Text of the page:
Scams are dime a dozen these days. There are phone and email scams and social media scams and those that show up in your letterbox promising marriage to a Nigerian prince and more money than you could imagine.
They’re annoying, but though many of us have been momentarily sucked in, we’ve all learned to be pretty ‘scam-savvy.’ Or so we think.
What does my head in these days is the number of ‘chainmail scams’ people fall for on Facebook. Sure, we all know that if we don’t pass on that letter or email we probably won’t have seven years’ bad luck, and our beloved dog Fluffy probably won’t die (I don’t have any beloved pet, but I’m sure it’s frightening for those who do). But it seems that thousands have missed what modern-day chain mail is.
Our fear has made us quick to warn our friends of any impending scams. What it seems people are missing, however, is: those ‘pass it on’ warning messages on Facebook? That IS the scam!
No, Facebook won’t shut down your account if you don’t share this notification.
No, Facebook is not rife with more hackers than usual, requiring you to ‘copy and paste’ on your wall.
It’s probably not even ‘International Siblings Day’ (for the 10th time this year.)
Share what you like, but share what you like. Don’t share because you’re afraid that life as you know it might change if you don’t. I expect things will be okay for a while yet.
I’ve always loved letters; real ones of course, on real paper written with a real pen. As a child I had various pen pals. We used to send each other stickers and cheap necklaces, cramming as much into the envelope as we could, anticipating the day when the reply would arrive; a treasure in the mailbox.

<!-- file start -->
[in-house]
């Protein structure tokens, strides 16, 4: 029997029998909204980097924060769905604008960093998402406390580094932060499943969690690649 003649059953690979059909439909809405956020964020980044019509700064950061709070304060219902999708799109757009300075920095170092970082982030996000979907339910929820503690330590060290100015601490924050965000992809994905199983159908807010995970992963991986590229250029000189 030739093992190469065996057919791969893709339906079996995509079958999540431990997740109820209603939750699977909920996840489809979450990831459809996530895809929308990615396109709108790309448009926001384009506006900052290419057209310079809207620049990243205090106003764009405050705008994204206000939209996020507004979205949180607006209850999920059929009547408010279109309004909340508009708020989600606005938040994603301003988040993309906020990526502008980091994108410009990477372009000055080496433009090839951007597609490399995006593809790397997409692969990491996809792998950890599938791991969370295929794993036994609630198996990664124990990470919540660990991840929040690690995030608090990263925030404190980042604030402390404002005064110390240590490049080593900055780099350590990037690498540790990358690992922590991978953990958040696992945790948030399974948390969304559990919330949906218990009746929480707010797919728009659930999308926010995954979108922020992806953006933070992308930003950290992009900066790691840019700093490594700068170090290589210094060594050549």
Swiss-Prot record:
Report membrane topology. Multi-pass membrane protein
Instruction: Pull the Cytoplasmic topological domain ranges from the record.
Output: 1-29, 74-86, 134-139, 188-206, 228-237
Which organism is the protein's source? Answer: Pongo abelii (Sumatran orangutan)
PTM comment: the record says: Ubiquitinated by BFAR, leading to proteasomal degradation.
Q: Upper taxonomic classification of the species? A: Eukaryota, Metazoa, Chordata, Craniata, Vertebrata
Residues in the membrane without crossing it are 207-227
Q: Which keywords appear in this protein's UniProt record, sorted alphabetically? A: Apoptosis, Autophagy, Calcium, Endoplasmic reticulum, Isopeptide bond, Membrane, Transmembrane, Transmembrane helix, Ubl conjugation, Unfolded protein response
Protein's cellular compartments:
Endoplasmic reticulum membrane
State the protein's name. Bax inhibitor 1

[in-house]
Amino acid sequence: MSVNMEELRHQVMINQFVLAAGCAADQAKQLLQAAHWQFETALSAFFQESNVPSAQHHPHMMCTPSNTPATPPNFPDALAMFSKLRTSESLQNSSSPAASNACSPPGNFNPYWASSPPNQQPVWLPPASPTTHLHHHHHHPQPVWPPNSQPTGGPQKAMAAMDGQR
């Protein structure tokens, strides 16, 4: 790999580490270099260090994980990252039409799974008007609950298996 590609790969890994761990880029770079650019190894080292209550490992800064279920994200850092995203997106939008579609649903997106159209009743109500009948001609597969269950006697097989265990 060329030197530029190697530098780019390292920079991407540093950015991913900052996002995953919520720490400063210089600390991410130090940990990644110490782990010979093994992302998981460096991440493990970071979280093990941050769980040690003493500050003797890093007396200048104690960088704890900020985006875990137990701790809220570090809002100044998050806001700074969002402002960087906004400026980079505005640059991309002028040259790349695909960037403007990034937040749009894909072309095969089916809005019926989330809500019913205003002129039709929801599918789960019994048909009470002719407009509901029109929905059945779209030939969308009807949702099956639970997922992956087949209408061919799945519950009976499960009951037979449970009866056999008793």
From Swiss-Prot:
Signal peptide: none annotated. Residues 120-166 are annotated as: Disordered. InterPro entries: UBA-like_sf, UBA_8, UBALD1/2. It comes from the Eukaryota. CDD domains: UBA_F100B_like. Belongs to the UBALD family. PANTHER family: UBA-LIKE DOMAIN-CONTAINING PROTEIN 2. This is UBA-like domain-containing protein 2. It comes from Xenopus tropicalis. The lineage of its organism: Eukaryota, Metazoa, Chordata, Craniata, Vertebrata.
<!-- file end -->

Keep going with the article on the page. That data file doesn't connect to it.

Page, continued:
In high school, my friends and I used to write each other letters; copious sheets of A4 note paper, containing secrets about boys and folded into tiny packages to be passed discreetly beneath desks.
As email rose to power the traditional letter gradually faded like a flower, and I would hardly know how long it’s been since I received one, that is, until last night.
Church was about to start when a long-time friend of mine handed me an envelope. Accustomed to receiving various birthday invites at church, I quickly opened it, only to discover two sheets of lined paper torn out of a notebook, covered with hand written words. Even before I read it I was touched. After I read it, I was speechless. This friend had taken the time out to write me a letter of encouragement; telling me that she was thinking of me and of ways in which I had inspired and encouraged her, and she’d done it, quite intentionally, by hand.
I was reminded, once again of the beauty of this almost-lost art.
This week, why not encourage someone with a hand written letter? I’m going to.